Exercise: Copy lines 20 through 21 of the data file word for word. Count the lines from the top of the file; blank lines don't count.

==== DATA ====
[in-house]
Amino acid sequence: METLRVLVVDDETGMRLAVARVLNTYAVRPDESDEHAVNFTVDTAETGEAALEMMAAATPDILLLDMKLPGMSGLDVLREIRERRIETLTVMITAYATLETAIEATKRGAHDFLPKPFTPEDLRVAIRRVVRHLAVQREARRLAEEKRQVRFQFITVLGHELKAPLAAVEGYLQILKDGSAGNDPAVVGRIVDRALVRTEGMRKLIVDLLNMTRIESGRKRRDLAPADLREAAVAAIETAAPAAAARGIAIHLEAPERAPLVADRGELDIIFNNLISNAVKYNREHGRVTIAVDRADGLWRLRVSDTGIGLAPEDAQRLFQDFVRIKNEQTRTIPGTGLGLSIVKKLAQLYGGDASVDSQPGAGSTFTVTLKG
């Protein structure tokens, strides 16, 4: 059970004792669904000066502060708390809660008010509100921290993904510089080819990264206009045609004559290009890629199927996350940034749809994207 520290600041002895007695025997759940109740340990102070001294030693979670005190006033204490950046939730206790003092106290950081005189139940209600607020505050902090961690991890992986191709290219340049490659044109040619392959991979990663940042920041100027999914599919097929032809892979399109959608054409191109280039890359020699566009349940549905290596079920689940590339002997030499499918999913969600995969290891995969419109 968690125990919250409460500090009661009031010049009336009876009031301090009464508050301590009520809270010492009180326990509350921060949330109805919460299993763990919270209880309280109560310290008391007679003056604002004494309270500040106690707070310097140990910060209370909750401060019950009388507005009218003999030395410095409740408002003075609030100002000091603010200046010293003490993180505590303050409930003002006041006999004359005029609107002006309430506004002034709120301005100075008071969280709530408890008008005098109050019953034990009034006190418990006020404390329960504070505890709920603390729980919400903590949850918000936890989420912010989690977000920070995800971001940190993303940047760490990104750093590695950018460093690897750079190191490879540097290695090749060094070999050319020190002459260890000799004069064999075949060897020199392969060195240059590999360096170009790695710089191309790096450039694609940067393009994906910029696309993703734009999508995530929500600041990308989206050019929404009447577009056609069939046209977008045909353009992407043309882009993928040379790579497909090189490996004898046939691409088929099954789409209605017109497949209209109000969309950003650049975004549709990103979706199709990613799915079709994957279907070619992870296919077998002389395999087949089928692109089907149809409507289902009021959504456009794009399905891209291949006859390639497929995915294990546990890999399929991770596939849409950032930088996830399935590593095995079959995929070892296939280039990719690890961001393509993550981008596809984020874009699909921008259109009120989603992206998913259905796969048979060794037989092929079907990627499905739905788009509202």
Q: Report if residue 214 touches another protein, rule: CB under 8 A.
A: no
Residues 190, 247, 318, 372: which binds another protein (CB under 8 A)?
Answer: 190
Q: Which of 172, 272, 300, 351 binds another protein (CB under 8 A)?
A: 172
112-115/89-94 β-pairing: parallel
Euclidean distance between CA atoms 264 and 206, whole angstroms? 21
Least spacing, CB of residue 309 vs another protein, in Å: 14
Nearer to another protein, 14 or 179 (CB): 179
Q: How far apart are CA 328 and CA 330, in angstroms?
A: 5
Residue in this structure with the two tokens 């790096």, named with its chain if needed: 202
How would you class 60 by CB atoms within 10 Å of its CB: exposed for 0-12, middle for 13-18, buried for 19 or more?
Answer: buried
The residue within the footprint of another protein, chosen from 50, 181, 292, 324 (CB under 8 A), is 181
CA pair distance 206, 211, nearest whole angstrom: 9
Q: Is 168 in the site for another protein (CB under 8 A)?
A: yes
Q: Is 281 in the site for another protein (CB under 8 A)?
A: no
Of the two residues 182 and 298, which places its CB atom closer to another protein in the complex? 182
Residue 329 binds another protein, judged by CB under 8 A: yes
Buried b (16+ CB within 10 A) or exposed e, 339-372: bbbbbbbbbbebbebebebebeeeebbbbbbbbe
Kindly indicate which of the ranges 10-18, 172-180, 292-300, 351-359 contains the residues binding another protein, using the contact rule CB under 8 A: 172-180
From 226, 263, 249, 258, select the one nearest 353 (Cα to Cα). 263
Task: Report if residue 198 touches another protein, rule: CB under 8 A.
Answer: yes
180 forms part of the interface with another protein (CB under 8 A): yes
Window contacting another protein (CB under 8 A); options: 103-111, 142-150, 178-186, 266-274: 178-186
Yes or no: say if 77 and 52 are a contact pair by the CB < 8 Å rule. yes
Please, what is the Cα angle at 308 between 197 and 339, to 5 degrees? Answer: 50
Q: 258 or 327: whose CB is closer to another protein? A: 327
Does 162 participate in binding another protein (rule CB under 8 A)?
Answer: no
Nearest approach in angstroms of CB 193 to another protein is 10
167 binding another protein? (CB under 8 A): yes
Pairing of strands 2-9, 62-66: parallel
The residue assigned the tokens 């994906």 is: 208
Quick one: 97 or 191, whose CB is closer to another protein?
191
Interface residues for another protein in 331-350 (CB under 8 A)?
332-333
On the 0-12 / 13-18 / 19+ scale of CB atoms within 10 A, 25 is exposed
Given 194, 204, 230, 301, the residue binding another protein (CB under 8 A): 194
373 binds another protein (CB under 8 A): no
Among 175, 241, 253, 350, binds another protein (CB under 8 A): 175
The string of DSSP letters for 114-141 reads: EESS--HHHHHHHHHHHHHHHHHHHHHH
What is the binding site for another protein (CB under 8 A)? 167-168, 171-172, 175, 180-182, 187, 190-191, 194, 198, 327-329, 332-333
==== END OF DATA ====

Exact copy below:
CA pair distance 206, 211, nearest whole angstrom: 9
Q: Is 168 in the site for another protein (CB under 8 A)?